Rumours that Nvidia might be ending its Max-Q program have been circulating over the past 24 hours off the back of a recent report from Notebookcheck. The report states that Nvidia will no longer offer the Max-Q brand, signifying those designed for cool and quiet operation, and that manufacturers were free to decide whether a laptop operates in a power-constrained configuration without specifying as such. The worry being this could leave customers in a precarious position when purchasing a gaming laptop.
The Max-Q branding is safe and sound, however. Nvidia has confirmed to PC Gamer that the "Max-Q branding is not going away". In fact, it claims that the ecosystem is stronger than ever with more information available to the end-user via the Nvidia control panel.
"When we originally introduced Max-Q back in 2017, the brand was initially used in GPU naming since Max-Q referred to the GPU TGP only. Today, 3rd Generation Max-Q is broader, and is a holistic set of platform technologies and design approach to building powerful and thin laptops," a statement reads.
"In addition, to be more transparent about a laptop’s exact capabilities, RTX 30 Series laptops now show more information than ever, listing exact TGP, clocks and features supported. You will find this in the control panel which now reports maximum power (TGP+Boost), and support for key features including Dynamic Boost 2, WhisperMode 2, Advanced Optimus, and others, all of which fall under the Max-Q umbrella."
Yet it is in the hands of OEMs and laptop manufacturers to market these specifications, Nvidia says, and it's up to them to decide which features, TDP, and clock speeds will be offered. That may mean there's still the possibility that you'll find laptops with GPUs in the Max-Q performance range without being noted as such, which could lead to customer confusion, as was the initial worry.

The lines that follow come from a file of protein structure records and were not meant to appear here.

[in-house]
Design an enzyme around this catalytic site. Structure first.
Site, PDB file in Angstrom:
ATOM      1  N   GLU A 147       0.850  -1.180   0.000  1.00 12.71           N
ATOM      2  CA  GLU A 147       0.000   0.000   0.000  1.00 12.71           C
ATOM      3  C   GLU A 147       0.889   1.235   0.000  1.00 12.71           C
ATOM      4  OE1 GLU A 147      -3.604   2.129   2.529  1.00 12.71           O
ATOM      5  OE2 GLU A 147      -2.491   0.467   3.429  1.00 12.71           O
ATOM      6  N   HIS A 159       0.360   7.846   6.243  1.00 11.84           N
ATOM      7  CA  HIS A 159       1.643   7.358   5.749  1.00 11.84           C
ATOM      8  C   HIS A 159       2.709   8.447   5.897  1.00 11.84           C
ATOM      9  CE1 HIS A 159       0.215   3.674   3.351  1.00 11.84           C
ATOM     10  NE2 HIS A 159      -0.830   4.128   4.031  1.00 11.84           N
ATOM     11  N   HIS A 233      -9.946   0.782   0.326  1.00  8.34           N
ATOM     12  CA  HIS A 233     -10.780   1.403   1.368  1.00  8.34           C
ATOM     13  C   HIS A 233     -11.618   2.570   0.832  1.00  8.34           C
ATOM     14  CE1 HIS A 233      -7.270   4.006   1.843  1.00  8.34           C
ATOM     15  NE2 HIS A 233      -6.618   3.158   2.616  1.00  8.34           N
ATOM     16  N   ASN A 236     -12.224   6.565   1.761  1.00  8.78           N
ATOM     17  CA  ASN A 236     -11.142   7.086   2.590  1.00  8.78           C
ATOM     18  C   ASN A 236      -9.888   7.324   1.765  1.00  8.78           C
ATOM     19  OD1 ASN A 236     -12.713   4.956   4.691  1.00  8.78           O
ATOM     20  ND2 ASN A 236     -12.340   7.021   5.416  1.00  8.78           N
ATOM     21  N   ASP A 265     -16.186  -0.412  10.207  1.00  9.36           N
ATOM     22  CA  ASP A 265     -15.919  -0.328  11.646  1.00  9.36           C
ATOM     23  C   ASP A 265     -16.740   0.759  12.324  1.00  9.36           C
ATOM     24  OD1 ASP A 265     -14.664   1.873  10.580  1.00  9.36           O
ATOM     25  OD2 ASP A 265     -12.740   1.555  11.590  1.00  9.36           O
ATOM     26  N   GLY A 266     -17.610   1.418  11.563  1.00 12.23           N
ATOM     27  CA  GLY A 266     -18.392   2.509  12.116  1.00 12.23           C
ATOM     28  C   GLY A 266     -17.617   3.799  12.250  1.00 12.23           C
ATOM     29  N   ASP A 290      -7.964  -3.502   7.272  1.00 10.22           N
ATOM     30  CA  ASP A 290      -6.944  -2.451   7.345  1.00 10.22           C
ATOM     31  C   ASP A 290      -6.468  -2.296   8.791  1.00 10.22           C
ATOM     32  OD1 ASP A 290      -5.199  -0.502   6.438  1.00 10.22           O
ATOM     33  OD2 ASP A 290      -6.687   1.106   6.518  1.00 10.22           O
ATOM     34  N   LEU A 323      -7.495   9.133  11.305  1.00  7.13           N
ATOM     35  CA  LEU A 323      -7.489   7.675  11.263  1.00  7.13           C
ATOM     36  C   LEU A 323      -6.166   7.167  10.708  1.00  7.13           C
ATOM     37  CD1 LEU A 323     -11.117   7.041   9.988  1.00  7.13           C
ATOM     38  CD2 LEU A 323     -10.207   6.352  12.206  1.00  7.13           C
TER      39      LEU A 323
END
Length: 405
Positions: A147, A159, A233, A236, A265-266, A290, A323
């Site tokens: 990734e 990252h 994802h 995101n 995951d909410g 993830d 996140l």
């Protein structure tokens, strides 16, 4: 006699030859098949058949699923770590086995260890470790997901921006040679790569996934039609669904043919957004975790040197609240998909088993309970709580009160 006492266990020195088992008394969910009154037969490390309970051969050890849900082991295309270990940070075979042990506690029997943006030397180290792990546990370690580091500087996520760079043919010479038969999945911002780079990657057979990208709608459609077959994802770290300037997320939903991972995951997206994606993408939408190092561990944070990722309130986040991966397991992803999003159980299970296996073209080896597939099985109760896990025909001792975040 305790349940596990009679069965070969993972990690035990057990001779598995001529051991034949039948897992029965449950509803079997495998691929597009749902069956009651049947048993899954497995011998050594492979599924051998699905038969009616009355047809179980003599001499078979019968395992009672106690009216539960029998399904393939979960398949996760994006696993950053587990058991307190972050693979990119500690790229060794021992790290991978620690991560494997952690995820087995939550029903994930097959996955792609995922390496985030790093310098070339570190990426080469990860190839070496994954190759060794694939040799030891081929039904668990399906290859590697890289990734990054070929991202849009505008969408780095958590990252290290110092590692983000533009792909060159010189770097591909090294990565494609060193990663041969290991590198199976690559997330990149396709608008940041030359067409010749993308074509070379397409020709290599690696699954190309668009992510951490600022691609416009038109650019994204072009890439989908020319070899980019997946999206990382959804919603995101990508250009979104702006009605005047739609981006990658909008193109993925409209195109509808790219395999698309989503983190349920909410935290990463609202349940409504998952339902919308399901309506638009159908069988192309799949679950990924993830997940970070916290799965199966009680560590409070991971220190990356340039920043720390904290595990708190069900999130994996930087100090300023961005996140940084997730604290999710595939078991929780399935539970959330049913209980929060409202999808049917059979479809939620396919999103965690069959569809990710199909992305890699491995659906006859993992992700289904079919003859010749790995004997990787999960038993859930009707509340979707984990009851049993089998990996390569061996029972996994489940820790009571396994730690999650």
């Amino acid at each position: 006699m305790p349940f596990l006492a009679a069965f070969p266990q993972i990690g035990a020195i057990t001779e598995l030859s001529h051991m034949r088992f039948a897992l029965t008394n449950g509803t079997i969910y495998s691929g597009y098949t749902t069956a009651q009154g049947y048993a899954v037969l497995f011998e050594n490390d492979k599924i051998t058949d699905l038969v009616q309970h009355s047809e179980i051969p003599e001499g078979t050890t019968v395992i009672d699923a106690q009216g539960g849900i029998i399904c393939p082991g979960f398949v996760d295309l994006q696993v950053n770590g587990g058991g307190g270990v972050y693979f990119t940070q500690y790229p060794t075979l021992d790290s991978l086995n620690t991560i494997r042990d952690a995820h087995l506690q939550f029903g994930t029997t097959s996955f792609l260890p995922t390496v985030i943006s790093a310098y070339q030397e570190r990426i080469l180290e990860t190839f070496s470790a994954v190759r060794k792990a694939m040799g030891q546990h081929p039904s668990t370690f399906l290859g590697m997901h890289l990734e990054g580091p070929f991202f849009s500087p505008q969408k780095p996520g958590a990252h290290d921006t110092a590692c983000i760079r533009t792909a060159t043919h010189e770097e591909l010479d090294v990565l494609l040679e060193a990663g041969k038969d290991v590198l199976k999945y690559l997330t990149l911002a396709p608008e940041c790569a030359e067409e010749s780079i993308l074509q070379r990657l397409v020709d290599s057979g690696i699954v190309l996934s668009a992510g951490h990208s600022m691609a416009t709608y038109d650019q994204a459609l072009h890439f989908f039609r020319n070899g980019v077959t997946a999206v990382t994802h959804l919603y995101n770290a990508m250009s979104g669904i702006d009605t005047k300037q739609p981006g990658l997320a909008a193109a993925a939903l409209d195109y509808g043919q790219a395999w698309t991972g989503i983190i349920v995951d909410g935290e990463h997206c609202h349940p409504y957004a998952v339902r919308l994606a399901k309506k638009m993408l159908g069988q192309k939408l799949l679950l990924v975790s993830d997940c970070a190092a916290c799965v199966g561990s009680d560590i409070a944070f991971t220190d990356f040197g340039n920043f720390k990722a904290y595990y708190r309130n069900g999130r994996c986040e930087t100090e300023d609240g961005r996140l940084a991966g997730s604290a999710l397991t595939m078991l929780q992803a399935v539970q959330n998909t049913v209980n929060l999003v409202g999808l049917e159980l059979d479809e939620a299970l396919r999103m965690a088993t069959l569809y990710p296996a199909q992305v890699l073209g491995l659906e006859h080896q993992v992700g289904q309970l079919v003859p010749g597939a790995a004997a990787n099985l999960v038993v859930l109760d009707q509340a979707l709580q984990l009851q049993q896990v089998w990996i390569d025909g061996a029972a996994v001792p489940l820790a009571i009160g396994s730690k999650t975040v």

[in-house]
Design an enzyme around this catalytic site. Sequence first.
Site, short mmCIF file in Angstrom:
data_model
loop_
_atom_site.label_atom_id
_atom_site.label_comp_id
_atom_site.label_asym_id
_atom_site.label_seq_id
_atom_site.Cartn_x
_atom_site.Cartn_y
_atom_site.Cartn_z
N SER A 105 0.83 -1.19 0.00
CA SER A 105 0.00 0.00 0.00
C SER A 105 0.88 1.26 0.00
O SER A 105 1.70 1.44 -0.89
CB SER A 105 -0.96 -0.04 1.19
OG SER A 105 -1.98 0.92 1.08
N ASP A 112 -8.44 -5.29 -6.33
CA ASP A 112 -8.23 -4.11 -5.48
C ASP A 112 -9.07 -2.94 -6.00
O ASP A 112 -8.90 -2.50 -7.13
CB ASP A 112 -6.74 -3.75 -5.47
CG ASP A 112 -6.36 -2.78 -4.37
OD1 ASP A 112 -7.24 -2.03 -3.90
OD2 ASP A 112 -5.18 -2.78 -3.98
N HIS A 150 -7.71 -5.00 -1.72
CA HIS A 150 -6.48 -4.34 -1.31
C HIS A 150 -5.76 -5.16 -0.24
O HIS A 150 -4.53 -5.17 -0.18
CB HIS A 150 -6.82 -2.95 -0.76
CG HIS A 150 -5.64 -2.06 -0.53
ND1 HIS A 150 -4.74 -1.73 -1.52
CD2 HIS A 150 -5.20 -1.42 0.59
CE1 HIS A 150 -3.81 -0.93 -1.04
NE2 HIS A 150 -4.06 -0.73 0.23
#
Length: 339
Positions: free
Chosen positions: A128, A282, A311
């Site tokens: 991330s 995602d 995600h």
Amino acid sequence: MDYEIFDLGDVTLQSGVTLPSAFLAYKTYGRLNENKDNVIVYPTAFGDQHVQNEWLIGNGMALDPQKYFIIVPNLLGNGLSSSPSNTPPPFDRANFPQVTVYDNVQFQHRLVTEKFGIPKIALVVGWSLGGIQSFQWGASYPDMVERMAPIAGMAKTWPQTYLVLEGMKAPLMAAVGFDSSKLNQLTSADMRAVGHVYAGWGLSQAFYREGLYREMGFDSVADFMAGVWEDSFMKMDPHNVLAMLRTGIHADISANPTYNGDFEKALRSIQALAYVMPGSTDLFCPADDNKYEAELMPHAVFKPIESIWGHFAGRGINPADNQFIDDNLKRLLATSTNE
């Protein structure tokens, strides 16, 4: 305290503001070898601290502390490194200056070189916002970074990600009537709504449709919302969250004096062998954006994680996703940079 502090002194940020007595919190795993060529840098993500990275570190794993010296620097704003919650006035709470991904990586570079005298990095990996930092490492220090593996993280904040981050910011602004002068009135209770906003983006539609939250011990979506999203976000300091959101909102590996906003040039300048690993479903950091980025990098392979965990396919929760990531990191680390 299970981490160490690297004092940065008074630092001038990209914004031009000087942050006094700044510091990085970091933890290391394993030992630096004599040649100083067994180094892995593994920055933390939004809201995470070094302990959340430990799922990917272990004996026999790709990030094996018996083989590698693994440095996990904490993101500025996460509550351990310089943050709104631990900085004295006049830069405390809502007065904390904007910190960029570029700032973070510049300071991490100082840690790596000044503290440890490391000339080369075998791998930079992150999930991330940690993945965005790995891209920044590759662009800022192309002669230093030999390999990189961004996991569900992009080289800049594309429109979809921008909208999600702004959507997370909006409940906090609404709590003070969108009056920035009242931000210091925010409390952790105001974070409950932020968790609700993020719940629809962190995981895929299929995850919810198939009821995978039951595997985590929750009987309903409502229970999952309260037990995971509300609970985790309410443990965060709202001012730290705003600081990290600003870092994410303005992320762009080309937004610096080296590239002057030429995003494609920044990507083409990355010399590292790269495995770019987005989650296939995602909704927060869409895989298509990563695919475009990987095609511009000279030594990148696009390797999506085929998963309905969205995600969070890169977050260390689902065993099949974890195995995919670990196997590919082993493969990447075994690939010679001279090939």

Nvidia says it "strongly" encourages OEMs to list this information, but that it's ultimately up to them to decide. Whether that has always been the case with Max-Q branding guidelines, we cannot say.
"We strongly encourage OEMs to list clocks and other technologies a laptop supports, including Advanced Optimus, Dynamic Boost 2, and more. Ultimately, like all laptop features and specs, it is up to the OEM to market what their particular laptop configuration supports."
It's important to note that Max-P, the often used name for full-power mobile GPUs, isn't one Nvidia coined or uses in any official capacity. So on whether Nvidia has 'killed off' Max-P, it would have to create it first.
Some laptops fitted with the latest mobile GPUs were announced at CES 2021 as Max-Q variants, alongside Max-Q WhisperMode and DynamicBoost updates, which would suggest the program was indeed continuing with the Ampere generation. There has been some speculation that this has since been removed, but many retail listings appear to still show the Max-Q brand.
The cause for concern as to whether a GPU is Max-Q or not ultimately comes down to the performance on offer. A high-end Max-Q GPU can offer performance far slower than an unfettered design with optimal cooling in place, and that could mean that an end-user will find their RTX 3080 model isn't quite as capable as someone else's RTX 3070, to give one example.
Max-Q designs come with stringent noise and temperature targets, which require lower TDPs, and therefore lower clock speeds, in order to hit. This helps makes thin and light gaming laptops with chunky discrete GPUs more of a possibility, and has had that effect over the years since their introduction back in 2017. However, some manufacturers have decided to incorporate non-Max-Q graphics into their more slender designs since.
As ever with gaming laptops, it's important to evaluate the laptop itself beyond its specs list, as unlike discrete parts there are far greater variables at play for the system as a whole. While Nvidia may not be killing off Max-Q branding, we still advocate for reading up on your prospective purchase before hitting the buy button.